• In 1960, co-National champion and No. 1 Minnesota lost to No. 6 Washington in the Rose Bowl

    • In 1964, one of three national champions and No. 1 Alabama lost to No. 5 Texas in the Orange Bowl

 

 

Should teams really become national champions if they lost their bowl game? Part of the prerequisite for labeling a team “champion” should be actually winning in the postseason.

 

Those unfamiliar with the history of the previously mentioned games are probably wondering why those teams are still recognized as national champions despite losing. Well, the answer is simple: they were voted No. 1 at the end of the season. Did you notice something interesting about the rankings in those games? None of those games were played between the No. 1 and No. 2 teams in the country, which wasn’t exactly rare during the early years of college football.

 

Some programs argue, though not officially recognized by the NCAA, that they are the national champions of some given years — And why not? Sometimes the only reason they’re not recognized is because they didn’t get ranked high enough at the end of the season. Essentially, it was the polls — “You’re the national champions because we said so.”

 

That’s it. No tournament. No playoffs. No championship game.

 

And as the Playoff has also proved, the best team in the country doesn’t always finish in the top 2, let alone the top spot. How many teams have been denied their rightful shot at a national title because of a flawed ranking system?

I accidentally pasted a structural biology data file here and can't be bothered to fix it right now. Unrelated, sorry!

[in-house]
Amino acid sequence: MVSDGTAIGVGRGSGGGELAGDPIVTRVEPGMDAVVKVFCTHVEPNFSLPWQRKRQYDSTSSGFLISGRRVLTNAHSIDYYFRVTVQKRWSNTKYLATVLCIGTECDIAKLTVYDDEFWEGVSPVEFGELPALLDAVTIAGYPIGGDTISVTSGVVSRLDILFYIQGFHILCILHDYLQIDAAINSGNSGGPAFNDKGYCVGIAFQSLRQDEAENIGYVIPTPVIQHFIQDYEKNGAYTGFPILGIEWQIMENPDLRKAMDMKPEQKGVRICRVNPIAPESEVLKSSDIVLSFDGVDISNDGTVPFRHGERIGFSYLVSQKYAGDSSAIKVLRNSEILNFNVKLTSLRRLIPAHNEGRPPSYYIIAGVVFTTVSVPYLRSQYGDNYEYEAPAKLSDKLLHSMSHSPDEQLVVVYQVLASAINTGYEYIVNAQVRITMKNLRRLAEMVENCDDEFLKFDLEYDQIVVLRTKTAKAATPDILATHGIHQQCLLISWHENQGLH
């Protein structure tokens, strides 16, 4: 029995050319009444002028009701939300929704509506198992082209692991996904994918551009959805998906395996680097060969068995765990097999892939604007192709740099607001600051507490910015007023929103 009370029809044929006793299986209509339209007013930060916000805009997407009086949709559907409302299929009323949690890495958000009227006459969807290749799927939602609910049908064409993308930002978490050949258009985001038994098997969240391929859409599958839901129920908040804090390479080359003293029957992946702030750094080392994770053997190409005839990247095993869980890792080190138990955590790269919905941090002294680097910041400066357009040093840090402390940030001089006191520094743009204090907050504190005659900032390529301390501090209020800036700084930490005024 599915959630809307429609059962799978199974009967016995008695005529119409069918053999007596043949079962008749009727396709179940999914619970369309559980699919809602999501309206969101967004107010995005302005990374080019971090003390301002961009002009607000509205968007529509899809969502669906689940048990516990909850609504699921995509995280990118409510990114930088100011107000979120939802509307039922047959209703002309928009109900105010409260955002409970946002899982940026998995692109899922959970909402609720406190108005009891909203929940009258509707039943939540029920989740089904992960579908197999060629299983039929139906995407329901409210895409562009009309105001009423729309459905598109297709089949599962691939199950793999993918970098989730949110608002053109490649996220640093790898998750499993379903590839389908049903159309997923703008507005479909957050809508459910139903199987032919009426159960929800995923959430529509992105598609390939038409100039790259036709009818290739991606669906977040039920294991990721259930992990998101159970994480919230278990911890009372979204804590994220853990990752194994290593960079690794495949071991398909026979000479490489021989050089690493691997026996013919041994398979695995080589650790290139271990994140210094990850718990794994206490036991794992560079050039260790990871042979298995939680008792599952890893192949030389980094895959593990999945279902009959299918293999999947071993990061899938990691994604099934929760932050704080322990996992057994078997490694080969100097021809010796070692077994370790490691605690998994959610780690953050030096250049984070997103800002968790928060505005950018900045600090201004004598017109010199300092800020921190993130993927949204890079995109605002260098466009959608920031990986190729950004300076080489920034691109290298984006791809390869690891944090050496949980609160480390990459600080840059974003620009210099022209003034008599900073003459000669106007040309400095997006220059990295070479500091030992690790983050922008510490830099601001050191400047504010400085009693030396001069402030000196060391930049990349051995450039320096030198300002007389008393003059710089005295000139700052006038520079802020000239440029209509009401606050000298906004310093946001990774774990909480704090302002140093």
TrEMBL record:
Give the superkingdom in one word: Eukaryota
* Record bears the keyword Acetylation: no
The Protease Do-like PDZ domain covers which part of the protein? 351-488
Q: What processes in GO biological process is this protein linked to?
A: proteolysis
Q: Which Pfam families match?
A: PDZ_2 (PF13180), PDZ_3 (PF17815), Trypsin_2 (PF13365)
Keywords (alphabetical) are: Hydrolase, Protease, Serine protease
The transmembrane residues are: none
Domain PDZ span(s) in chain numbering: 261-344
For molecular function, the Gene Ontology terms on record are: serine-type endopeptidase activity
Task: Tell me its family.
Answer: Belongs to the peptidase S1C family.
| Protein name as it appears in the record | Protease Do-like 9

Boise State certainly comes to mind. For well over a decade, the Broncos have been one of the best teams in the country, having 13 double-digit winning seasons since 2000. It seemed that every year they put up a spectacular season, they only found themselves winning another Fiesta Bowl instead of playing for the title. And why were they denied? Because they didn’t come from a sexy enough conference to get the decision makers’ attention.

 

Even this past season, the UCF Knights have argued that they should be national champions, or at the very least had the opportunity to play for one after going 13-0, including a win over SEC West champion Auburn in the Peach Bowl.